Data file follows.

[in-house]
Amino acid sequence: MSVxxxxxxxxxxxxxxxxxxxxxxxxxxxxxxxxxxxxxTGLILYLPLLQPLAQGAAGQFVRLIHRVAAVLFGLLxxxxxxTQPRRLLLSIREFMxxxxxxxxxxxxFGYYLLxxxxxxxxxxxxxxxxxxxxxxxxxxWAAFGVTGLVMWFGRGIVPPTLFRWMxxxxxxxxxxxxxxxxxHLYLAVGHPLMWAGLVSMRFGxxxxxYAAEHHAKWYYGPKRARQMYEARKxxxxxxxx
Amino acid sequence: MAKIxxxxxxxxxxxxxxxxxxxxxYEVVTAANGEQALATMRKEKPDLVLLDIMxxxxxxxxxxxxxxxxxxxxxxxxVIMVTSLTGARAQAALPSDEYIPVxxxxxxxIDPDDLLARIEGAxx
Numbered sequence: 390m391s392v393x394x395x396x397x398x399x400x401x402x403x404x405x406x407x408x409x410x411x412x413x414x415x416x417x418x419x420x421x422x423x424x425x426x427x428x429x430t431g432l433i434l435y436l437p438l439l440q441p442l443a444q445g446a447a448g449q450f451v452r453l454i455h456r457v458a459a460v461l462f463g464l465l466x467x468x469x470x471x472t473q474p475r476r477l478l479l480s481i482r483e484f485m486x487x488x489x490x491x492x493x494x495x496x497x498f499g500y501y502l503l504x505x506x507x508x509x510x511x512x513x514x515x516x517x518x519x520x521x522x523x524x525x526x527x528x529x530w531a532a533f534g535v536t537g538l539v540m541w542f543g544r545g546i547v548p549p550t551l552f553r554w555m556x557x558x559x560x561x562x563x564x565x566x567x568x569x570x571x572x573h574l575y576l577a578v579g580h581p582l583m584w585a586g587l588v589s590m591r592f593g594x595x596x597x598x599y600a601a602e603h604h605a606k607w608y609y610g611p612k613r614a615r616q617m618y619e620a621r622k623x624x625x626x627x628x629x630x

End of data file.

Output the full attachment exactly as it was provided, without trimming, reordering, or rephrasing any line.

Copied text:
[in-house]
Amino acid sequence: MSVxxxxxxxxxxxxxxxxxxxxxxxxxxxxxxxxxxxxxTGLILYLPLLQPLAQGAAGQFVRLIHRVAAVLFGLLxxxxxxTQPRRLLLSIREFMxxxxxxxxxxxxFGYYLLxxxxxxxxxxxxxxxxxxxxxxxxxxWAAFGVTGLVMWFGRGIVPPTLFRWMxxxxxxxxxxxxxxxxxHLYLAVGHPLMWAGLVSMRFGxxxxxYAAEHHAKWYYGPKRARQMYEARKxxxxxxxx
Amino acid sequence: MAKIxxxxxxxxxxxxxxxxxxxxxYEVVTAANGEQALATMRKEKPDLVLLDIMxxxxxxxxxxxxxxxxxxxxxxxxVIMVTSLTGARAQAALPSDEYIPVxxxxxxxIDPDDLLARIEGAxx
Numbered sequence: 390m391s392v393x394x395x396x397x398x399x400x401x402x403x404x405x406x407x408x409x410x411x412x413x414x415x416x417x418x419x420x421x422x423x424x425x426x427x428x429x430t431g432l433i434l435y436l437p438l439l440q441p442l443a444q445g446a447a448g449q450f451v452r453l454i455h456r457v458a459a460v461l462f463g464l465l466x467x468x469x470x471x472t473q474p475r476r477l478l479l480s481i482r483e484f485m486x487x488x489x490x491x492x493x494x495x496x497x498f499g500y501y502l503l504x505x506x507x508x509x510x511x512x513x514x515x516x517x518x519x520x521x522x523x524x525x526x527x528x529x530w531a532a533f534g535v536t537g538l539v540m541w542f543g544r545g546i547v548p549p550t551l552f553r554w555m556x557x558x559x560x561x562x563x564x565x566x567x568x569x570x571x572x573h574l575y576l577a578v579g580h581p582l583m584w585a586g587l588v589s590m591r592f593g594x595x596x597x598x599y600a601a602e603h604h605a606k607w608y609y610g611p612k613r614a615r616q617m618y619e620a621r622k623x624x625x626x627x628x629x630x